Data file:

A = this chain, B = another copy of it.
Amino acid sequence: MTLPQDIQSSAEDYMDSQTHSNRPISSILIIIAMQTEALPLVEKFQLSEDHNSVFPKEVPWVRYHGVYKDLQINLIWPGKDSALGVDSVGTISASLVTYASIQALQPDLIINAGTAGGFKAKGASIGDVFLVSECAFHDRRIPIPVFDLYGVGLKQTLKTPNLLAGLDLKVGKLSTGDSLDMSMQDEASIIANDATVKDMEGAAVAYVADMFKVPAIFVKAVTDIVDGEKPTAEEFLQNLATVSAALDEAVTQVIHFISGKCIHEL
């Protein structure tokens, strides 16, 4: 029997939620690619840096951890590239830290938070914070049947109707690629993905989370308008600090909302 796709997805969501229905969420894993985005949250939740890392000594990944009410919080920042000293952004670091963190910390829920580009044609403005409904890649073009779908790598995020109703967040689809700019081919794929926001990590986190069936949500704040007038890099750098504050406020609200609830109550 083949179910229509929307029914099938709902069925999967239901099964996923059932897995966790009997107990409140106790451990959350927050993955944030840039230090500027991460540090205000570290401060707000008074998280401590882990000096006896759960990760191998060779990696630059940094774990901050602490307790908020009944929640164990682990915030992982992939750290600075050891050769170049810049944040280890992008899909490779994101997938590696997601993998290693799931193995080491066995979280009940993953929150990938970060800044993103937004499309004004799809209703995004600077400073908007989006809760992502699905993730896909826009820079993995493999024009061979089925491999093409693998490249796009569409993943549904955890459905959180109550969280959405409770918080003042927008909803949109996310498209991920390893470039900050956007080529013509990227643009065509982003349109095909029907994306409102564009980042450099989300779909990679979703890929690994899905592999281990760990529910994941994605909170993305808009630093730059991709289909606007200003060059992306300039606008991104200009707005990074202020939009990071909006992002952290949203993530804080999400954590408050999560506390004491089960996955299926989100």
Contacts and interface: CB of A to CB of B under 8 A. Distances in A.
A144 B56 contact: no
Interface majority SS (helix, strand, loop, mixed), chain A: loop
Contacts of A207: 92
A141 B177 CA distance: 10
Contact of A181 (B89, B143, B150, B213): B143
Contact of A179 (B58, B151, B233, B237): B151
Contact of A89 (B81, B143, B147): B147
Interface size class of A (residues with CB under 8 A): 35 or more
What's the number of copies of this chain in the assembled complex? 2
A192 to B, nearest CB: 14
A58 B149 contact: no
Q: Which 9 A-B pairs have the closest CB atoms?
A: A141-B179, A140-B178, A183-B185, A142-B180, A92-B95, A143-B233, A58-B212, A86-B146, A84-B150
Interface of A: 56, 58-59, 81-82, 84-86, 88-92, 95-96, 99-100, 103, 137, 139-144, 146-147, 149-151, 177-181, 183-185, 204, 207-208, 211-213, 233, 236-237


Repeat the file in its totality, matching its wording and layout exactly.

A = this chain, B = another copy of it.
Amino acid sequence: MTLPQDIQSSAEDYMDSQTHSNRPISSILIIIAMQTEALPLVEKFQLSEDHNSVFPKEVPWVRYHGVYKDLQINLIWPGKDSALGVDSVGTISASLVTYASIQALQPDLIINAGTAGGFKAKGASIGDVFLVSECAFHDRRIPIPVFDLYGVGLKQTLKTPNLLAGLDLKVGKLSTGDSLDMSMQDEASIIANDATVKDMEGAAVAYVADMFKVPAIFVKAVTDIVDGEKPTAEEFLQNLATVSAALDEAVTQVIHFISGKCIHEL
């Protein structure tokens, strides 16, 4: 029997939620690619840096951890590239830290938070914070049947109707690629993905989370308008600090909302 796709997805969501229905969420894993985005949250939740890392000594990944009410919080920042000293952004670091963190910390829920580009044609403005409904890649073009779908790598995020109703967040689809700019081919794929926001990590986190069936949500704040007038890099750098504050406020609200609830109550 083949179910229509929307029914099938709902069925999967239901099964996923059932897995966790009997107990409140106790451990959350927050993955944030840039230090500027991460540090205000570290401060707000008074998280401590882990000096006896759960990760191998060779990696630059940094774990901050602490307790908020009944929640164990682990915030992982992939750290600075050891050769170049810049944040280890992008899909490779994101997938590696997601993998290693799931193995080491066995979280009940993953929150990938970060800044993103937004499309004004799809209703995004600077400073908007989006809760992502699905993730896909826009820079993995493999024009061979089925491999093409693998490249796009569409993943549904955890459905959180109550969280959405409770918080003042927008909803949109996310498209991920390893470039900050956007080529013509990227643009065509982003349109095909029907994306409102564009980042450099989300779909990679979703890929690994899905592999281990760990529910994941994605909170993305808009630093730059991709289909606007200003060059992306300039606008991104200009707005990074202020939009990071909006992002952290949203993530804080999400954590408050999560506390004491089960996955299926989100």
Contacts and interface: CB of A to CB of B under 8 A. Distances in A.
A144 B56 contact: no
Interface majority SS (helix, strand, loop, mixed), chain A: loop
Contacts of A207: 92
A141 B177 CA distance: 10
Contact of A181 (B89, B143, B150, B213): B143
Contact of A179 (B58, B151, B233, B237): B151
Contact of A89 (B81, B143, B147): B147
Interface size class of A (residues with CB under 8 A): 35 or more
What's the number of copies of this chain in the assembled complex? 2
A192 to B, nearest CB: 14
A58 B149 contact: no
Q: Which 9 A-B pairs have the closest CB atoms?
A: A141-B179, A140-B178, A183-B185, A142-B180, A92-B95, A143-B233, A58-B212, A86-B146, A84-B150
Interface of A: 56, 58-59, 81-82, 84-86, 88-92, 95-96, 99-100, 103, 137, 139-144, 146-147, 149-151, 177-181, 183-185, 204, 207-208, 211-213, 233, 236-237